Long gone are the days of bosses policing who’s hanging around the water cooler a bit too long. These days, American workers have a wide array of distractions at their disposal. Most of the time, they don’t even have to leave their work station to indulge in them. From obsessively checking friends’ Facebook statuses to catching up on the latest celebrity gossip to engaging in online gambling or day trading, most distractions are clearly obstacles when it comes to getting a job done. It seems right, therefore, that we are taught that distractions are to be avoided…most of the time.
The damaging effects of distractions cannot be denied. According to Basex, the average employee spends 28 percent of their time dealing with unnecessary interruptions, followed by “recovery time” to get back on track. That adds up to a total of 2.1 hours per day. Managing workplace interruptions costs American businesses $588 billion per year. According to the Institute of Psychiatry at the University of London, a person’s IQ falls 10 points when they are constantly fielding emails, text messages and phone calls. That’s the equivalent of losing one full night’s sleep.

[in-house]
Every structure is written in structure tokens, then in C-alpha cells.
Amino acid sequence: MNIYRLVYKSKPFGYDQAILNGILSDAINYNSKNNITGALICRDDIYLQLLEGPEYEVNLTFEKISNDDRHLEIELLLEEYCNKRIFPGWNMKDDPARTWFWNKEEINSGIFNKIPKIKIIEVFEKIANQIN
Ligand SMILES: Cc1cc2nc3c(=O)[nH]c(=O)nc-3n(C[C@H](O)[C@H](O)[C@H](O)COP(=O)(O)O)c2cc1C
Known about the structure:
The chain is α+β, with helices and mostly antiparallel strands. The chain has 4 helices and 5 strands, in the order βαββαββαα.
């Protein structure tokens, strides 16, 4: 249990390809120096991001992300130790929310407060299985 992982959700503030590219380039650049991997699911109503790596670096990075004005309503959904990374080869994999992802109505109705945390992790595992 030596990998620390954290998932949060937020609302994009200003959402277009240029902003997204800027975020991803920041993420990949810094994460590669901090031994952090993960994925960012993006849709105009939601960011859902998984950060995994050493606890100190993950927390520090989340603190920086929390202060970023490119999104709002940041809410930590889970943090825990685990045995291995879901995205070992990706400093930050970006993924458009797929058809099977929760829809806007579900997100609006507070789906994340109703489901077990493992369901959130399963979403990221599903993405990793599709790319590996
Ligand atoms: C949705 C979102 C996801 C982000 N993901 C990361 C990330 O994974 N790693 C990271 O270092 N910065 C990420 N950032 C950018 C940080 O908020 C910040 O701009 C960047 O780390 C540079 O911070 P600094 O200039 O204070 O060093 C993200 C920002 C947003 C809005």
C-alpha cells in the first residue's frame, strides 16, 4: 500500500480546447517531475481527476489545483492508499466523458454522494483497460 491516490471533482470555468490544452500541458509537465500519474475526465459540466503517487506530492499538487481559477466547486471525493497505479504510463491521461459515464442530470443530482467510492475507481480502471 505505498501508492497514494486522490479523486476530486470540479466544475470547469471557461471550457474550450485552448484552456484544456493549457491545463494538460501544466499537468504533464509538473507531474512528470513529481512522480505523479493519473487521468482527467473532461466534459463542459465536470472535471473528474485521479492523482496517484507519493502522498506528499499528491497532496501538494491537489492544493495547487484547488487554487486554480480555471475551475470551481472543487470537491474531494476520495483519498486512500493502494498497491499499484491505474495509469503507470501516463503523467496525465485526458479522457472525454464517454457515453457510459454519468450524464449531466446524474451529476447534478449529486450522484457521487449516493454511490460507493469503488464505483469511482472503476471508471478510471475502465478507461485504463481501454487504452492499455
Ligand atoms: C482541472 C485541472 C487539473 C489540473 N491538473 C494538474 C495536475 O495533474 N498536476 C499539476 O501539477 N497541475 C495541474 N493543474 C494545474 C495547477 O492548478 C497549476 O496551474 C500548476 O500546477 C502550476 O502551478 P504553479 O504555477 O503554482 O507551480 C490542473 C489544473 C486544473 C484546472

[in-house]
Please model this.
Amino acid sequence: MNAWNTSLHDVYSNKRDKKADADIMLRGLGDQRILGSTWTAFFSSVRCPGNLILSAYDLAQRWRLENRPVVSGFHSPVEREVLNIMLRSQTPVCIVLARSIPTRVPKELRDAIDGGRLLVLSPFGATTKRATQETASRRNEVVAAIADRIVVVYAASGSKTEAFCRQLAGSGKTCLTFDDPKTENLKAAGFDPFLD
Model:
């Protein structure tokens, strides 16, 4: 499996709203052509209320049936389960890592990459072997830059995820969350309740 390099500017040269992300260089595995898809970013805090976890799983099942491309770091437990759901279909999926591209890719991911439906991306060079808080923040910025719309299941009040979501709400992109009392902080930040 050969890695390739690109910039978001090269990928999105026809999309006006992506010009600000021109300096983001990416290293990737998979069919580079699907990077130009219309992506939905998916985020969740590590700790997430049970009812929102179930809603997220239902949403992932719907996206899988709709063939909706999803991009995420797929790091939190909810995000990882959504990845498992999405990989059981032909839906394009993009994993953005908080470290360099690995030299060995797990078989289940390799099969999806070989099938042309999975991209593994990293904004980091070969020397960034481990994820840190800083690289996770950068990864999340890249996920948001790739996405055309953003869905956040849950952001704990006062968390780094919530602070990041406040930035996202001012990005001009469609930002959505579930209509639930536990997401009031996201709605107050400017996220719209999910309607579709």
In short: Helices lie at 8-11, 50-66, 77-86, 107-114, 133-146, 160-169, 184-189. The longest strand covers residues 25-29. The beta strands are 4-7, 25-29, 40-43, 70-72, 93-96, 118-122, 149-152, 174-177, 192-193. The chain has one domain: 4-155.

Occasionally, however, a distraction can turn out to be a good thing. Here are a couple of ways:
- Wandering about the office, chatting with co-workers, need not be a time waster. On the contrary, casual conversations can turn into brainstorming sessions that lead to new products, marketing campaigns, or workplace programs. Even if your idle chit-chat sessions don’t hold that kind of potential, they can be viewed as powerful networking. You never know when you’ll be on the look-out for a new opportunity—internally or externally—and the person you talk to casually this year may be your connection to a great new job in years to come. Do your best to befriend some key players to bolster your network.
- When you find yourself getting bogged down and losing focus, avoid the temptation to sit there and stare at the computer screen. Rather than looking up lost loves on Facebook, get up and take a walk. The fresh air and exercise will do you some good—both physically, in terms of better health, and mentally as well. Getting your blood moving will aid brain function. You will return refreshed and in a better position to get the job done.
There’s no denying distractions’ ability to eat up valuable time, profits, and creativity. Thus, they can’t be allowed to get out of control. Once in a while, however, it can be helpful to be distracted from one’s work for a short—read, short—while. After all, you know what they say, “All work and no play…”
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